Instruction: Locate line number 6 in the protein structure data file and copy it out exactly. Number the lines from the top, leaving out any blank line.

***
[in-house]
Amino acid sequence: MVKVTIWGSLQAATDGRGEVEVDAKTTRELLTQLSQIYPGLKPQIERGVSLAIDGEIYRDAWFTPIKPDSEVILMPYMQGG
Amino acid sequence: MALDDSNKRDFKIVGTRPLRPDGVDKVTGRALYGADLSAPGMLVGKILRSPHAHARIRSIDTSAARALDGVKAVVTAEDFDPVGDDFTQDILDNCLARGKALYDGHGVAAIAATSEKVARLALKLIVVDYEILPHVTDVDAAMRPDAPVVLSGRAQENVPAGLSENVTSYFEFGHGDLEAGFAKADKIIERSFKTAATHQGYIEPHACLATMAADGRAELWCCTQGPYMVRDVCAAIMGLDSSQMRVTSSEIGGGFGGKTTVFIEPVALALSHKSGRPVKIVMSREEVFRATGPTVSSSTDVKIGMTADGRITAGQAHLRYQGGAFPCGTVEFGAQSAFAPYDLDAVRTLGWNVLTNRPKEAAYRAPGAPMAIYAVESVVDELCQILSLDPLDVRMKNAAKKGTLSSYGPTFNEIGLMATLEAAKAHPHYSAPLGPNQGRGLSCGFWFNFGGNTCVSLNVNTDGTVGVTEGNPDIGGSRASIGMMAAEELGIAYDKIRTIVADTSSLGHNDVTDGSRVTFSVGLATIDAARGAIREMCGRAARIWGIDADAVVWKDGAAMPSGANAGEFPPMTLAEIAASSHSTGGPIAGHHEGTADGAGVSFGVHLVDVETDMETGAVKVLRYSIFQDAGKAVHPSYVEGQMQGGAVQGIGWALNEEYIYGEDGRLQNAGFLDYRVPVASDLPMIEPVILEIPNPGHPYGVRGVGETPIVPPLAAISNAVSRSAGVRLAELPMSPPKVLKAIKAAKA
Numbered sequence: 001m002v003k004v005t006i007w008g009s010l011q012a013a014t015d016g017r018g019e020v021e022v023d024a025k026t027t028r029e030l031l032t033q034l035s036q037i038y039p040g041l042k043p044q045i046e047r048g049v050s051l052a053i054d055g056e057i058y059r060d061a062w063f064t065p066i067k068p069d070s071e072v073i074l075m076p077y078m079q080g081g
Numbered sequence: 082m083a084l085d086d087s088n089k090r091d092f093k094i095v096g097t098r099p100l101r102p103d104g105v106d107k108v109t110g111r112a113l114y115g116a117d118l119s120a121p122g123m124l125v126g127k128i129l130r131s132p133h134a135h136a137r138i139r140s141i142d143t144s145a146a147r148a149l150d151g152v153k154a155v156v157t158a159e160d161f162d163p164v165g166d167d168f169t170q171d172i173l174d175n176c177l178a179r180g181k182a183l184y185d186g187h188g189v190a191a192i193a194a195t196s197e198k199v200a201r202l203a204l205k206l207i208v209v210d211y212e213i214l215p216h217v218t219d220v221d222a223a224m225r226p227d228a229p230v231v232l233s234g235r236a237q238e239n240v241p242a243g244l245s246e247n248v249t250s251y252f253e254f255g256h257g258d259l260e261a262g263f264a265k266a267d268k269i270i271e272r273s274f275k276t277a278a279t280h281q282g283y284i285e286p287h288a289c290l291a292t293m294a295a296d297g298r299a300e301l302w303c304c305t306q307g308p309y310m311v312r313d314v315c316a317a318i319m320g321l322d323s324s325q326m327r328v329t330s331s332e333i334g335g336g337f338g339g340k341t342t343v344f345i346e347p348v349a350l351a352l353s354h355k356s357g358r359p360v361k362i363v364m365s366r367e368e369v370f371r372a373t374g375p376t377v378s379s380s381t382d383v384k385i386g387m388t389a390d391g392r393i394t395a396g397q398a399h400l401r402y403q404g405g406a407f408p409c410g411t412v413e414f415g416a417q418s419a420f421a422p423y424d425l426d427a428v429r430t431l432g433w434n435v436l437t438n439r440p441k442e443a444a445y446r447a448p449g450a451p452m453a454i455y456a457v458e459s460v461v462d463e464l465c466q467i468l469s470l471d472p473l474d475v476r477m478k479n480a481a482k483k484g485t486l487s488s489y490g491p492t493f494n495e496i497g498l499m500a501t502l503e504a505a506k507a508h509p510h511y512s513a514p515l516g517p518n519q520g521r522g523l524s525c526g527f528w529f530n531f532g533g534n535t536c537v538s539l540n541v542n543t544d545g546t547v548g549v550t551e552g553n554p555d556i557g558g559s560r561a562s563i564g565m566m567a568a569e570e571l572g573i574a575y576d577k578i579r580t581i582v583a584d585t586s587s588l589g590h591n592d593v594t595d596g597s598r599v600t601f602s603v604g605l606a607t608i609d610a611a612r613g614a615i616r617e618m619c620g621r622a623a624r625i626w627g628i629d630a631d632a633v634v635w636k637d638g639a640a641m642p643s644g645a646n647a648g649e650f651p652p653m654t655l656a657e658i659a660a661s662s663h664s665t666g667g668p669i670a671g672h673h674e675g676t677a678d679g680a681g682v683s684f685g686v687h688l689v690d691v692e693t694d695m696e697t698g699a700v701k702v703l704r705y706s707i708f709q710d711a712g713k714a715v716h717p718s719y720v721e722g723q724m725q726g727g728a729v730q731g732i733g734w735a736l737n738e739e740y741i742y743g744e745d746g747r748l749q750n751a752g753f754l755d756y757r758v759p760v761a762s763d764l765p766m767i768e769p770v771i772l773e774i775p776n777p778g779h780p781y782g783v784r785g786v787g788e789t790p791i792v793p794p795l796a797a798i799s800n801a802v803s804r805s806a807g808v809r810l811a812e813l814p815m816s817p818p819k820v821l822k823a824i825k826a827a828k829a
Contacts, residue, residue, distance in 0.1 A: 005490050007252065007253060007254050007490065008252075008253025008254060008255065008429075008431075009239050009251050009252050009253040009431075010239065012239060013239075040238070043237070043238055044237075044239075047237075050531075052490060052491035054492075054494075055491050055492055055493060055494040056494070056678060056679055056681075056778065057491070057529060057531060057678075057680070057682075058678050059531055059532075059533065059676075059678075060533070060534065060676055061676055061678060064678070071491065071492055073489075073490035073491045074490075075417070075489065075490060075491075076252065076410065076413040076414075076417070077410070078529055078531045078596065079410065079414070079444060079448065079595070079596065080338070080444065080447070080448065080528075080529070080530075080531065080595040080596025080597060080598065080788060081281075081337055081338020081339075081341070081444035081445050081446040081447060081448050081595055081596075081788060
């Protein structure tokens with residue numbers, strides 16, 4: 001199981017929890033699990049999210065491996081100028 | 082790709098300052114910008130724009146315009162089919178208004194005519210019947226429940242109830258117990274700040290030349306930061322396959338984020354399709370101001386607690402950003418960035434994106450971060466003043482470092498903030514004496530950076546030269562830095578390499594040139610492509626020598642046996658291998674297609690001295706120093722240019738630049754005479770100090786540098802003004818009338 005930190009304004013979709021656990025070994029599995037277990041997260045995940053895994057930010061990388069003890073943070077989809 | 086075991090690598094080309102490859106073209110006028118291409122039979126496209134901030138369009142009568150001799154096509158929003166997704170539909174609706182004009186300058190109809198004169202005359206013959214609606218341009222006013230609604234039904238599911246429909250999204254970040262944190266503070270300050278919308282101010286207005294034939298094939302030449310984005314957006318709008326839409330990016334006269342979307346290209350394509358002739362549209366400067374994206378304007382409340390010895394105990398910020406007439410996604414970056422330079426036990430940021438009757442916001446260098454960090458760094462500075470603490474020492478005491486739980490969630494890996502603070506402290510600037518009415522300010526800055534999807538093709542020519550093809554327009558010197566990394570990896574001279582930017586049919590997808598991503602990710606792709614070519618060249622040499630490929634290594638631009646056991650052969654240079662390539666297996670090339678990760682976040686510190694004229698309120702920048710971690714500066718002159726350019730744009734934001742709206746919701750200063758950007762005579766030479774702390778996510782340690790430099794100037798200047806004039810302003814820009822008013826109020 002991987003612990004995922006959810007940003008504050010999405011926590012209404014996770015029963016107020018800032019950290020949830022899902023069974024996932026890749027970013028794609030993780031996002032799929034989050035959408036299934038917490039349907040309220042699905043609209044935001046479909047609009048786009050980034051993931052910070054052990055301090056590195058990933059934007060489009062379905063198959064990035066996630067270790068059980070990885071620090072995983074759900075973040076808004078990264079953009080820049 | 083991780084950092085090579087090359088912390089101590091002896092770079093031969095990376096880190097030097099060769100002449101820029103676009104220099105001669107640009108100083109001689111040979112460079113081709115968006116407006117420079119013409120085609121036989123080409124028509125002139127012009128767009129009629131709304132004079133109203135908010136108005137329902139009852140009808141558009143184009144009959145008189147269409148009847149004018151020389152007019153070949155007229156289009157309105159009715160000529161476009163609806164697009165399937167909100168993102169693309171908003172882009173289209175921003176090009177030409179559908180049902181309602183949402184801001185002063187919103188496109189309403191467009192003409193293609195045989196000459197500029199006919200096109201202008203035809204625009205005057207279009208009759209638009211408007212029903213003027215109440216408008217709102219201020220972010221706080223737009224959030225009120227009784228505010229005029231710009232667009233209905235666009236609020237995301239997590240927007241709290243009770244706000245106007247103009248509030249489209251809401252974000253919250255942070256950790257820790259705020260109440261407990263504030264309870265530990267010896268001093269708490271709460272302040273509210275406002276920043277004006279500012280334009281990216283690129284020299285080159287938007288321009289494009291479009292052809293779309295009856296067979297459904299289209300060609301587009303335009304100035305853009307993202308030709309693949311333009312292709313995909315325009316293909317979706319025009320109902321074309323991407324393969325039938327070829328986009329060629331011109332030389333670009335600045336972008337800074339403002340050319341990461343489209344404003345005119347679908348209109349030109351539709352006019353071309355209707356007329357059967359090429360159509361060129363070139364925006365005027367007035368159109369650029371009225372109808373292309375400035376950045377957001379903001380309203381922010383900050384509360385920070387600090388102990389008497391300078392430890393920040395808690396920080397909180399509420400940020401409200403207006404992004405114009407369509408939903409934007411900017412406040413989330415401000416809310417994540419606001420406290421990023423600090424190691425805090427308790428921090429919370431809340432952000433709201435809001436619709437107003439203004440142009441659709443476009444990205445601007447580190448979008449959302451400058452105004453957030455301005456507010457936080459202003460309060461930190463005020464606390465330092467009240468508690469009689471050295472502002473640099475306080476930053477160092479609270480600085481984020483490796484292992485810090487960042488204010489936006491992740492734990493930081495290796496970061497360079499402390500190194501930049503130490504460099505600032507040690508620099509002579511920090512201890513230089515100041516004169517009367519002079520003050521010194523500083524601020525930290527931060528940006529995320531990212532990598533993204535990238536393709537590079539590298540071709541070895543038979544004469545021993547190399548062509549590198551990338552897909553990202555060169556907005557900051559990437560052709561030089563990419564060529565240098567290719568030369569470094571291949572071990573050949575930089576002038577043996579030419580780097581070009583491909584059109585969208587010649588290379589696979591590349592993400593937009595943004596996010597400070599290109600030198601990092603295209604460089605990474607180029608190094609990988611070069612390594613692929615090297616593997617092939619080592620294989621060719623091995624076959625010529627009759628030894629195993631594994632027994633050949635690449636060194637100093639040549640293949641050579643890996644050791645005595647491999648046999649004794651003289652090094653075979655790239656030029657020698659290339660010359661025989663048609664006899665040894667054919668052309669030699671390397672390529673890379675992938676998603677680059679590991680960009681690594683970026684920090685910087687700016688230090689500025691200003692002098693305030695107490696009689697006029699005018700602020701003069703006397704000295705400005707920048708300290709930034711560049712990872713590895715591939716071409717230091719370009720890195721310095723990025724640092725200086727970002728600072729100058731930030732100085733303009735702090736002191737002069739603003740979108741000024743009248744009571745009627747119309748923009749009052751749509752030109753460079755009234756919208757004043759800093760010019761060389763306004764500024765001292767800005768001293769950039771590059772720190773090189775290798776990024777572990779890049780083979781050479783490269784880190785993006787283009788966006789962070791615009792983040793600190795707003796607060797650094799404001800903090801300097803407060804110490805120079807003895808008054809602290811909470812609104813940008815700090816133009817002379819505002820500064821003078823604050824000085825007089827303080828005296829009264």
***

Contacts, residue, residue, distance in 0.1 A: 005490050007252065007253060007254050007490065008252075008253025008254060008255065008429075008431075009239050009251050009252050009253040009431075010239065012239060013239075040238070043237070043238055044237075044239075047237075050531075052490060052491035054492075054494075055491050055492055055493060055494040056494070056678060056679055056681075056778065057491070057529060057531060057678075057680070057682075058678050059531055059532075059533065059676075059678075060533070060534065060676055061676055061678060064678070071491065071492055073489075073490035073491045074490075075417070075489065075490060075491075076252065076410065076413040076414075076417070077410070078529055078531045078596065079410065079414070079444060079448065079595070079596065080338070080444065080447070080448065080528075080529070080530075080531065080595040080596025080597060080598065080788060081281075081337055081338020081339075081341070081444035081445050081446040081447060081448050081595055081596075081788060